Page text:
A Checkpoint is a configuration for a Validation Operator that specifies which Batches of data and Expectation Suites should be validated.
A Data Context stitches together all the features available with Great Expectations, making it possible to easily manage configurations for resources such as Datasources, Validation Operators, Data Docs Sites, and Stores.
A Data Context Configuration is a yaml file that can be committed to source control to ensure that all the settings related to your validation are appropriately versioned and visible to your team. It can flexibly describe plugins and other customizations for accessing datasources or building data docs sites.
A Store provides a consistent API to manage access to Expectations, Expectation Suite Validation Results and other Great Expectations assets, making it easy to share resources across a team that uses AWS, Azure, GCP, local storage, or something else entirely.
An Evaluation Parameter Store makes it possible to build expectation suites that depend on values from other batches of data, such as ensuring that the number of rows in a downstream dataset equals the number of unique values from an upstream one. A Data Context can manage a store to facilitate that validation scenario.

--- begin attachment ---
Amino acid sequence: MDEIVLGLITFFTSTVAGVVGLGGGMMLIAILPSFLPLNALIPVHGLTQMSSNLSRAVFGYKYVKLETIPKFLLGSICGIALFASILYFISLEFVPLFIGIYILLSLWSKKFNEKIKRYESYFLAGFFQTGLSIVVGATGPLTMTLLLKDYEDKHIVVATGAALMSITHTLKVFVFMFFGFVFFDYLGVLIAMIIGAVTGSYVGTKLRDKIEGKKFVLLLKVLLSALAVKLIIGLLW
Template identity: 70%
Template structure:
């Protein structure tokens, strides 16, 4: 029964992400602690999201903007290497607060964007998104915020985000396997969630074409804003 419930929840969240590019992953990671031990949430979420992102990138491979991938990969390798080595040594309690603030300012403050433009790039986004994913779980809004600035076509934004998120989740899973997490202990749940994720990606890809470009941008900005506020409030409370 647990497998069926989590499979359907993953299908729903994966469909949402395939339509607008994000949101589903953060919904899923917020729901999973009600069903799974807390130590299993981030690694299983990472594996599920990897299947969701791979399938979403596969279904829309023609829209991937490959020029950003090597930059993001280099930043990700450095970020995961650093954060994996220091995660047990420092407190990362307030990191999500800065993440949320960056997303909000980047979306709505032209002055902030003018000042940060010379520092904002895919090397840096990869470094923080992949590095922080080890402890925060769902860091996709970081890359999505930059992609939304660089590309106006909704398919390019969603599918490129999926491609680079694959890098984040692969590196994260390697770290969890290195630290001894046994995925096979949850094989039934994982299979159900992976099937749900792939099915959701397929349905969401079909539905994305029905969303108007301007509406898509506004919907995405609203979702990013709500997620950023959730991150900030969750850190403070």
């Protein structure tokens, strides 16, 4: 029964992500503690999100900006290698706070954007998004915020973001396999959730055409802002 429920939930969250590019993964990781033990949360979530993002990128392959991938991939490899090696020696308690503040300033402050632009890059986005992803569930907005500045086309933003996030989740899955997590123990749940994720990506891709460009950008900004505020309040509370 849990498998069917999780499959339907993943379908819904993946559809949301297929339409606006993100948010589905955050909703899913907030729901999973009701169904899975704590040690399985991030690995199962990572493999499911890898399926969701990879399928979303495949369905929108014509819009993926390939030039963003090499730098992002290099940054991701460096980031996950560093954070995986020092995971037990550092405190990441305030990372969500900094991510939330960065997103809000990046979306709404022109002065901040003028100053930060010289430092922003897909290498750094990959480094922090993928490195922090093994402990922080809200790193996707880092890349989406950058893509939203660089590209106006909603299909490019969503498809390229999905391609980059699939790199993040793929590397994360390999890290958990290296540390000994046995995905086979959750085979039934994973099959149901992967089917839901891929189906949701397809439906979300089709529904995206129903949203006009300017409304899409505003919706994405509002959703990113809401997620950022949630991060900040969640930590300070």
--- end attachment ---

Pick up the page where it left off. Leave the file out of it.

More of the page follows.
A Metric Store makes facilitates saving any metric or statistic generated during validation, for example making it easy to create a dashboard showing key output from running Great Expectations.
Datasource configuration will be changing soon to make it easier to:
adjust configuration for where data is stored and validated independently.
understand the roles of Batch Kwargs, Batch Kwargs Generators, Batch Parameters, and Batch Markers.
Datasources, Batch Kwargs Generators, Batch Parameters, and Batch Kwargs make it easier to connect Great Expectations to your data. Together, they address questions such as:
How do I get data into my Great Expectations DataAsset?
How do I tell my Datasource how to access my specific data?
How do I use Great Expectations to store Batch Kwargs configurations or logically describe data when I need to build equivalent Batch Kwargs for different datasources?
How do I know what data is available from my datasource?
A Datasource is a connection to a Validation Engine (a compute environment such as Pandas, Spark, or a SQL-compatible database) and one or more data storage locations. For a SQL database, the Validation Engine and data storage locations will be the same, but for Spark or Pandas, you may be reading data from a remote location such as an S3 bucket but validating it in a cluster or local machine. The Datasource produces Batches of data that Great Expectations can validate in that environment.